It was not hard to identify Lizzie Deignan’s granny by the roadside in Otley on Saturday as her granddaughter went for her second world championship on home roads. Marjorie Dunn was the one wearing a yellow T-shirt saying “I’m Lizzie Armitstead’s Grandma – Now Lizzie Deignan”.
The last bit was a recent addition, after her granddaughter married fellow cyclist Philip Deignan in 2016. By Yorkshire logic, it seemed daft to fork out for new one just because Lizzie had changed her surname, so she went down to the print shop in town and asked them to update it. “We’re not buying another,” said her husband Ray, himself sporting a Team Armitstead polo shirt he’d been given by BP at the 2012 Olympics, where Deignan won a silver medal.
In the end a fairytale victory was not to be: Dutch rider Annemiek van Vleuten crossed the finish line in Harrogate more than five minutes before Deignan, who took 31st place. But that wasn’t for want of support from Otley. Most of the family, including 11 of Deignan’s cousins, watched the race on Saturday from the road outside the house where she grew up and where her parents, Carol and John Armitstead, still live.
It can be no coincidence that Welcome to Yorkshire – the tourist board that persuaded the UCI, the world cycling body, to bring the championships to God’s Own County – had routed the race right by their back garden. How could Deignan resist? Yes, she had only given birth to her first child a year ago, but she would surely not miss the chance to follow up her 2015 title with one on roads she has ridden “hundreds, thousands” of times.
Grandma was anxious. “It’s such a dangerous sport, road cycling,” she said, holding Ray’s hand tightly as the race helicopters hovered overhead. She wasn’t expecting a wave from her granddaughter: “She will be very focused on the race. I’ve not even rung her this week. I knew her mind would be solely on the world championships.” When the peloton swept past on the 93-mile course, Deignan was tucked tightly in the middle of a bunch, just a hint of a smile behind her sunglasses.
It was remarkable to think that a just a year ago she was recovering from labour. She took minimal maternity leave, riding her bike until two days before her daughter Orla arrived, and then got back in the saddle six weeks later, fixated on being in contention at the 2019 world championships in her native Yorkshire.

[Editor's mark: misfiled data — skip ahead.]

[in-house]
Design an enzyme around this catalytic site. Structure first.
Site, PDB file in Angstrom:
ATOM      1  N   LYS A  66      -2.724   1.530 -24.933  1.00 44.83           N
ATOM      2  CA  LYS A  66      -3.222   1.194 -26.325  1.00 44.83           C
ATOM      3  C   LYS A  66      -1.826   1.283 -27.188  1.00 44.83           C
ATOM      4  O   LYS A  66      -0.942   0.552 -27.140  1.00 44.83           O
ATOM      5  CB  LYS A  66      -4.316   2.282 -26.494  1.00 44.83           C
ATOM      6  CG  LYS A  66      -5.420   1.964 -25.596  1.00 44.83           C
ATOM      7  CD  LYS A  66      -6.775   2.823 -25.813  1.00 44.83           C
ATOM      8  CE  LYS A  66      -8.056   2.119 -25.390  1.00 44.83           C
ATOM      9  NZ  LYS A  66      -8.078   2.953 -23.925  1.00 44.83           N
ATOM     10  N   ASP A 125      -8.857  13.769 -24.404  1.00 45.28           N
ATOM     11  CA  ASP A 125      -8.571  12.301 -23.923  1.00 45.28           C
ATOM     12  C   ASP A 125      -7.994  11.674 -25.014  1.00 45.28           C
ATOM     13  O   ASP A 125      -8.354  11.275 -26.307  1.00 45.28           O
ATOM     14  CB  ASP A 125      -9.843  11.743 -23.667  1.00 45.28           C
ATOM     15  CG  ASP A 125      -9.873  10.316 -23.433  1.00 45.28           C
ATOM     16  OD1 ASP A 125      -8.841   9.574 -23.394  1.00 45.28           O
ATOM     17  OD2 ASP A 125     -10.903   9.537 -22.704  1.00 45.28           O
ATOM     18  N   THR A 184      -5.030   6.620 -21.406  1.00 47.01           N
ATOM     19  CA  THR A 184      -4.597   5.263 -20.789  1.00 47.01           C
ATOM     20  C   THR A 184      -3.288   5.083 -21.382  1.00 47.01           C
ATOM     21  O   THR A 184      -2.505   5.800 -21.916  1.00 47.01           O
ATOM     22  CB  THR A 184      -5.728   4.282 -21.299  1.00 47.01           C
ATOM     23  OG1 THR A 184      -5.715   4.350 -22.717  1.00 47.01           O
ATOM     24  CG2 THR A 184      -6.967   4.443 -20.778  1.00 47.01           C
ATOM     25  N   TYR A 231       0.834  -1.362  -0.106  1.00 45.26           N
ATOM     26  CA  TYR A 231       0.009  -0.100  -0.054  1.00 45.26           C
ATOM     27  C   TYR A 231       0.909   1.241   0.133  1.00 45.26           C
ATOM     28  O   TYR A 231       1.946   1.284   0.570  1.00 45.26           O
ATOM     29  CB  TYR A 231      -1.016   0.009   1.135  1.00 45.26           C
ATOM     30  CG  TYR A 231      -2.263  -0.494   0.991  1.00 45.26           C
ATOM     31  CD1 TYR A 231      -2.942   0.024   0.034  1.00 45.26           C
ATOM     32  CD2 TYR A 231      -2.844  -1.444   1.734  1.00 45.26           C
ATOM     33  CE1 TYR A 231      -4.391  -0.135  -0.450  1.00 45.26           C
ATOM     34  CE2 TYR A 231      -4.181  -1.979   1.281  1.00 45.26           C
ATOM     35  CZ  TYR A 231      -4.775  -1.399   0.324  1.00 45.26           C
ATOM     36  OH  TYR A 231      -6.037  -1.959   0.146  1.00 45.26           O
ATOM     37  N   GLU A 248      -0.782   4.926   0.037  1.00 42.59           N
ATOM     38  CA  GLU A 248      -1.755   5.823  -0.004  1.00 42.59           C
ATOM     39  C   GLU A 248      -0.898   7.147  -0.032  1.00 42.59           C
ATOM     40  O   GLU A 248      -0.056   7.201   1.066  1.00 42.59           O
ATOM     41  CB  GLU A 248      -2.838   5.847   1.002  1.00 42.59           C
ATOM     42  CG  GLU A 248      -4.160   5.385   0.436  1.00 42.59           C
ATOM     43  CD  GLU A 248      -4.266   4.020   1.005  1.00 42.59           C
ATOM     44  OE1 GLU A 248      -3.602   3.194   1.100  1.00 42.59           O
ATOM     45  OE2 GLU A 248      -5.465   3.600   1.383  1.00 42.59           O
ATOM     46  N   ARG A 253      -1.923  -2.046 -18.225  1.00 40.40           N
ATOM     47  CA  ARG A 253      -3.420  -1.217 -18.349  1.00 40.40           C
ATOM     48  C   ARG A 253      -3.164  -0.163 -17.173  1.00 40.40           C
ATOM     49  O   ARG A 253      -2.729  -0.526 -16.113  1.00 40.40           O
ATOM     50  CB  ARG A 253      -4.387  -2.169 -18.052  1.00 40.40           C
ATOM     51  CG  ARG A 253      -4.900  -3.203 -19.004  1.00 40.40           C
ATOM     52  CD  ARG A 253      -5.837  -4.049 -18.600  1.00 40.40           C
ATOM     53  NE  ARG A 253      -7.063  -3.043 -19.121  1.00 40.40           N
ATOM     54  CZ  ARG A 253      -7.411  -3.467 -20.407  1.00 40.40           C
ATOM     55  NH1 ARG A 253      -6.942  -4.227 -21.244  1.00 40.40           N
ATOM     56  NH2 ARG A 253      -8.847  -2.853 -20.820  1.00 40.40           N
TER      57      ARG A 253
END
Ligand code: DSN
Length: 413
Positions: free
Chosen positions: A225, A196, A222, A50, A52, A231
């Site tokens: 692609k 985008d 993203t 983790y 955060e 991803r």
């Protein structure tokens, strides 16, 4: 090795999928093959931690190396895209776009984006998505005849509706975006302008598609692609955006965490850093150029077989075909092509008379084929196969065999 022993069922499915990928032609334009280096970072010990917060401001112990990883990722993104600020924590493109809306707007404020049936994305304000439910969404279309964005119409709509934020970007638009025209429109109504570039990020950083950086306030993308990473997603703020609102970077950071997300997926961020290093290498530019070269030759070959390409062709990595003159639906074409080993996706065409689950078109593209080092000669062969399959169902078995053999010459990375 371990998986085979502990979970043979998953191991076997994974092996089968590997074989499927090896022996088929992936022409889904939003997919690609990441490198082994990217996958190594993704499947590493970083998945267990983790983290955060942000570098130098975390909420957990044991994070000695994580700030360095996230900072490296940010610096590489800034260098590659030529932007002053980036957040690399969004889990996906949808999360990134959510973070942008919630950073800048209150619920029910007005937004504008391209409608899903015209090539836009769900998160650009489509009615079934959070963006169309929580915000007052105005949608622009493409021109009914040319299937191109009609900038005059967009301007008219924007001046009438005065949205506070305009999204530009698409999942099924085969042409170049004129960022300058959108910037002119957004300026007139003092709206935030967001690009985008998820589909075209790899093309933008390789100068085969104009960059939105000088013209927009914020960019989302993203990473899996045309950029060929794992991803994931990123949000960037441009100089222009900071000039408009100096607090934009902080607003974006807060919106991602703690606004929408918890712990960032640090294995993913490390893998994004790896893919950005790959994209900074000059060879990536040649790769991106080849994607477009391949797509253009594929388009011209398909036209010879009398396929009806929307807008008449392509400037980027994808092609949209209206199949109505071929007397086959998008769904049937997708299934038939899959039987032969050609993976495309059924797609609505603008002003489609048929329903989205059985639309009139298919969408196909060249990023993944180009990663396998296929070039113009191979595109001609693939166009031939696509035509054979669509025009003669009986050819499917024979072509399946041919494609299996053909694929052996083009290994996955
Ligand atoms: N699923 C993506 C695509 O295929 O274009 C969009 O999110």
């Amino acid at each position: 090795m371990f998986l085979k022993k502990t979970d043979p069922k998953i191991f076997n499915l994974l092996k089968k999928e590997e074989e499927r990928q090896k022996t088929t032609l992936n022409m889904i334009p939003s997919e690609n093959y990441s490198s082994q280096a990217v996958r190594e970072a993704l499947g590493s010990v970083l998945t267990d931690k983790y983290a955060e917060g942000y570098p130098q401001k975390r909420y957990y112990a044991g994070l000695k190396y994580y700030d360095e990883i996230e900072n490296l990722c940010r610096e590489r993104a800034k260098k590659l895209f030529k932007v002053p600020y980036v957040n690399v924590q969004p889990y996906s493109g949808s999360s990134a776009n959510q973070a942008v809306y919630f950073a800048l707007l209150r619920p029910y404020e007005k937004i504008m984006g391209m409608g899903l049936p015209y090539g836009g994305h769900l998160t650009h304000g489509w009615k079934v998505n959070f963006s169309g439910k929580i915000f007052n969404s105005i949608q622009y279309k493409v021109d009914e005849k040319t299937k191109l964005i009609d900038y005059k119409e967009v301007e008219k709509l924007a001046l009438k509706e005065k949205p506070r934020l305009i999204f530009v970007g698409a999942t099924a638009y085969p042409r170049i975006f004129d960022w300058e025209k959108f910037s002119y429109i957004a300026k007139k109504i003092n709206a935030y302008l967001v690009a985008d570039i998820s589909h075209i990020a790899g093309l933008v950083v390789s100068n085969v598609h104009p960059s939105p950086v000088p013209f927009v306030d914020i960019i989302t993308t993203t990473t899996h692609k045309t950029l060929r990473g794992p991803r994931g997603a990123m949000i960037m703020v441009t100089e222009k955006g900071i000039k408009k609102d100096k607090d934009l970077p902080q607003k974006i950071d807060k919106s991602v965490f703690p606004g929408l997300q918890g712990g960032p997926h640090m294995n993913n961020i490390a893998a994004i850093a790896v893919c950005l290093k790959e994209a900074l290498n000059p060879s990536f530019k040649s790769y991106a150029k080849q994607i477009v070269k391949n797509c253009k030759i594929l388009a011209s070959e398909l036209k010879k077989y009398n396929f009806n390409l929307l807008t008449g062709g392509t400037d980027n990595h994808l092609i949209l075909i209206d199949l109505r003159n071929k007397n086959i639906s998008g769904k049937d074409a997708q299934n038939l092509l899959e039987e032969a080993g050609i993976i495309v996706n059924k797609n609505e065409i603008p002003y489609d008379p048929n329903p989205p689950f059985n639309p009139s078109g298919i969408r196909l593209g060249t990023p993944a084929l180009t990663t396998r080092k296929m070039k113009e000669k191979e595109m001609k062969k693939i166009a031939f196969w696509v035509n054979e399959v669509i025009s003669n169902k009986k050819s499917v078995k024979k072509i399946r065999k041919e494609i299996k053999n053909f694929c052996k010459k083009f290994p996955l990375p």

Leaving Otley with the cheers of family and friends ringing in her ears, she hit another wall of support on the Norwood Edge climb, where a contingent from the Otley Cycle Club had gathered. Deignan, an honorary member, last joined a run two weeks before Orla’s birth. “It was the only time we’ve ever been able to keep up with her,” said Justin Dyson.. “I remember at one point she was on my wheel and I was nervous. I was thinking, if I lose concentration it’s just just myself I’m bringing down here.”
The 30-year-old may have been the home-crowd darling, but it was the Dutch squad who went in to the race as favourites. They delivered with devastating ease. Van Vleuten, who had a horrific crash during the road race at the 2016 Rio Olympics, was the rider to make an early breakaway with 64 miles to go on the Lofthouse climb. She rode on her own through the sunlit moors and dales of North Yorkshire all the way into Harrogate and across the finish line, followed two minutes later by last year’s world champion, Anna van der Breggen.
Deignan accepted her defeat with grace, praising van Vleuten as “head and shoulders above everyone else today”.
“I’m proud of the way I raced and the physical shape I got myself in to be here today,” she said. “Nobody knows the work I have put in to be here apart from me and my husband. I’m more motivated than ever and enjoying myself more than ever, so I am happy.”